Amtrak Now Requires Customers Wear Face Coverings

Small children who are not able to maintain a facial covering are exempt from the requirement

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Amtrak began requiring customers to cover their faces in stations, on trains and thruway buses Monday.

The new policy, which was announced last week, states that facial coverings can be removed when customers are eating in designated areas, in their private rooms, or seated alone or with a travel companion in their own pair of seats. Small children who are not able to maintain a facial covering are exempt from the requirement.

Amtrak, which carried more than 12 million passengers on its Boston-to-Washington, D.C., trains in the most recent fiscal year, already has limited bookings to 50 percent of capacity and restricted some seating areas in rail cars. Going forward, it will offer enhanced services on its mobile apps to reduce contact points; one would allow passengers to pre-order food to pick up on board, which would reduce waiting time in the dining car. It is also only accepting cashless payments in stations and on trains for the time being.

In a statement issued by the company, Amtrak President and CEO Bill Flynn said, "The safety of Amtrak’s customers and employees is our top priority and requiring a facial covering is one more way we can protect everyone."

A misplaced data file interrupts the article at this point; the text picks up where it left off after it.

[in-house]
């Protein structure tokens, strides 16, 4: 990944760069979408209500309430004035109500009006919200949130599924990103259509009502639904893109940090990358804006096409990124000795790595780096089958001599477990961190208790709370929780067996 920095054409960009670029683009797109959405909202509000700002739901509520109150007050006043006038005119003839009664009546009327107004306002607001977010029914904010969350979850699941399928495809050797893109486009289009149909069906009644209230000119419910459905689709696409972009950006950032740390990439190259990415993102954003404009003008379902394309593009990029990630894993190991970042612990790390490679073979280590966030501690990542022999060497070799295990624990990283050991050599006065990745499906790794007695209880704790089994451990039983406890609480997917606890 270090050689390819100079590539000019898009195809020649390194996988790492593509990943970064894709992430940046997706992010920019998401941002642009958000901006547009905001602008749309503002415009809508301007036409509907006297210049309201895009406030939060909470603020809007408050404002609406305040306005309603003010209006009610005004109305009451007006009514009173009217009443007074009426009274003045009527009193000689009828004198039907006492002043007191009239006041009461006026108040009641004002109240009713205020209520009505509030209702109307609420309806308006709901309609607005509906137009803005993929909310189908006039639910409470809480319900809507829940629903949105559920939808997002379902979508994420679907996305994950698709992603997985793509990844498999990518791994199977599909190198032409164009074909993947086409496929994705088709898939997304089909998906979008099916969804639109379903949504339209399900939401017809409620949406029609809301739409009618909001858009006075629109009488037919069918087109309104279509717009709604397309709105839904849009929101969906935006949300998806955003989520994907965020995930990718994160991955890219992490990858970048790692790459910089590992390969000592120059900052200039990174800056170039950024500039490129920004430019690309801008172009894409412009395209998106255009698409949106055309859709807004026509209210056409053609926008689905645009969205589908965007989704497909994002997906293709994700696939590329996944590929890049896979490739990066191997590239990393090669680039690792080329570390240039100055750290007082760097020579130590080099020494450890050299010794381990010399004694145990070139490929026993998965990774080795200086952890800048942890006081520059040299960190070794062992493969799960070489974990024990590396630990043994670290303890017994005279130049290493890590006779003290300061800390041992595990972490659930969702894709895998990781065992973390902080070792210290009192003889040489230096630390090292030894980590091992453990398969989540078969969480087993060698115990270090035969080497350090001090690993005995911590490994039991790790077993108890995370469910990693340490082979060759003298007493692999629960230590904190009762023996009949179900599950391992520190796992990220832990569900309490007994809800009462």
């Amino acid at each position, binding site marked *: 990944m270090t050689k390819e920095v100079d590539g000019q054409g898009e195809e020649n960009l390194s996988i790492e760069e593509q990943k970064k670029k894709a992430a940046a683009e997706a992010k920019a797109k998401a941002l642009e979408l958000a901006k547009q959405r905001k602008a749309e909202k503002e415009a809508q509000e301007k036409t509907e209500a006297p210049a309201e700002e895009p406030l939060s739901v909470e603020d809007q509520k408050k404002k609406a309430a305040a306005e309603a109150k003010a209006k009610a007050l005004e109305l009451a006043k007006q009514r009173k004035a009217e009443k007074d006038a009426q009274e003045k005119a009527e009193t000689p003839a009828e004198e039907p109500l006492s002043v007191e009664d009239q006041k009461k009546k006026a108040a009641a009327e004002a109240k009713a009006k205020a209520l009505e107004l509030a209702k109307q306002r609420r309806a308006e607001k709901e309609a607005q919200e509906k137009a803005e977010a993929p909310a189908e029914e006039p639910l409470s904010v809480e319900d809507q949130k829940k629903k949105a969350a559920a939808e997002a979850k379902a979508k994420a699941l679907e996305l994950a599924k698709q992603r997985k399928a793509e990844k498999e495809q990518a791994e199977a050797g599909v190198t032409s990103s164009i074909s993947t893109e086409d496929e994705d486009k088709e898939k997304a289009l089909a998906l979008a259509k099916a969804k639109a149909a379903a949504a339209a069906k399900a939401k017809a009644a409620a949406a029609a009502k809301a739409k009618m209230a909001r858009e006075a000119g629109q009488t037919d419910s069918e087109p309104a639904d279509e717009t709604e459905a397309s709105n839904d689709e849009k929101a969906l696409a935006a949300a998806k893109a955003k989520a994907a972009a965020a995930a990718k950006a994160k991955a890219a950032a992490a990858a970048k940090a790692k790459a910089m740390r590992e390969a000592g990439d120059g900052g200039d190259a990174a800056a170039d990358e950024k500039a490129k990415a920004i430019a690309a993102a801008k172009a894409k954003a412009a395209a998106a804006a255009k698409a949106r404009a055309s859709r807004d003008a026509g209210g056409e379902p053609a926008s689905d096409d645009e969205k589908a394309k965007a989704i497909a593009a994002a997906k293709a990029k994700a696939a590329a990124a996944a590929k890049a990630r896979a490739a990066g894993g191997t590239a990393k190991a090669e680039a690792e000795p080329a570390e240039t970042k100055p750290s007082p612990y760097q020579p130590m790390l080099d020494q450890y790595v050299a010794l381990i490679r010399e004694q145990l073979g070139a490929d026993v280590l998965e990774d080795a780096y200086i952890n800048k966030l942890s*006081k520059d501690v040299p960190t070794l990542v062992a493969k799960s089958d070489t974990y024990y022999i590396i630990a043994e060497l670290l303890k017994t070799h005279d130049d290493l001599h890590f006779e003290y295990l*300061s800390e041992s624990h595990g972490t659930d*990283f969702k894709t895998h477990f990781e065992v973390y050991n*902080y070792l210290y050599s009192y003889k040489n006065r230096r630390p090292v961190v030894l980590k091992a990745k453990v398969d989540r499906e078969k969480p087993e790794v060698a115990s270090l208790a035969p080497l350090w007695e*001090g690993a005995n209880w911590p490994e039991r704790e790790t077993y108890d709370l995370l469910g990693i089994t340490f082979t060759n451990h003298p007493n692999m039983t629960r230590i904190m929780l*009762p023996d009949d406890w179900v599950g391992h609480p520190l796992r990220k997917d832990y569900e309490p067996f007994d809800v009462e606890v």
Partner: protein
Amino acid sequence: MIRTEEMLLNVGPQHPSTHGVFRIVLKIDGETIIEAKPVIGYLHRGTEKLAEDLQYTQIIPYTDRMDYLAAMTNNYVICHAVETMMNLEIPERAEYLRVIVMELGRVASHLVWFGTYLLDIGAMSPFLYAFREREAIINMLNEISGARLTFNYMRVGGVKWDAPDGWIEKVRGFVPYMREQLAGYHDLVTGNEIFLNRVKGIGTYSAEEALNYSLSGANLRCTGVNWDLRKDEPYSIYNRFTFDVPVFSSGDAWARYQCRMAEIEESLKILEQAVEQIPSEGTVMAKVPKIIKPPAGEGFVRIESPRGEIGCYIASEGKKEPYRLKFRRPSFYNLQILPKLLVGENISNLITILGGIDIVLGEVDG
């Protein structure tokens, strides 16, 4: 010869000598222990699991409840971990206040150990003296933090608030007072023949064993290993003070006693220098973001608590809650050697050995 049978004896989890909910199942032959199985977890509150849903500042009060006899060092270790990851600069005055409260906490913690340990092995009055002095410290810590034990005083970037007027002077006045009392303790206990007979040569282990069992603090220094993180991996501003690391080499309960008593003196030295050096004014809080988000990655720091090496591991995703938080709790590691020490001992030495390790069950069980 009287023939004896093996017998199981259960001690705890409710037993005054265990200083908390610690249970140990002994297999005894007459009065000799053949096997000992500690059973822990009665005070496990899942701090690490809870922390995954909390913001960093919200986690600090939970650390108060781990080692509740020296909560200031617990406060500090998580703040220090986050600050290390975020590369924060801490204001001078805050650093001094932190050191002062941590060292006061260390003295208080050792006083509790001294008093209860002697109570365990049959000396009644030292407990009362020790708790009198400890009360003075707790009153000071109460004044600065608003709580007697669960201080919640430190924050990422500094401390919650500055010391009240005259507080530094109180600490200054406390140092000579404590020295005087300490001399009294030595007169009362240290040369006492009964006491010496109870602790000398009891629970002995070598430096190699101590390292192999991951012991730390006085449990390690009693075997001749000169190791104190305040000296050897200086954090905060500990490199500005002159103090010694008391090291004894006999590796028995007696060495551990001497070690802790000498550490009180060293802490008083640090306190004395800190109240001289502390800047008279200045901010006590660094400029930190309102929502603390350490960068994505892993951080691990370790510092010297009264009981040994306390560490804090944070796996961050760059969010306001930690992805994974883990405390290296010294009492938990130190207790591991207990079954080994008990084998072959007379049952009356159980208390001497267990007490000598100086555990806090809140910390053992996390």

Amtrak continues to operate as an essential service for those who still have to travel. "Our services will be even more critical as our nation recovers,” Flynn said.

The three biggest U.S. airlines - American Airlines, Delta Air Lines and United Airlines -- previously announced that they would require passengers to wear face masks during flights.

Face coverings remain optional on other airlines.

Democrats in Congress have been pressuring the Trump administration to require masks, which they say will help protect passengers and airline crews from the virus that causes COVID-19.

Beyond masks, several airlines are blocking at least some middle seats, but they say that's just a temporary measure. Airlines say they are stepping up airplane cleaning and taking other steps during the virus pandemic.

Associated Press / NBC
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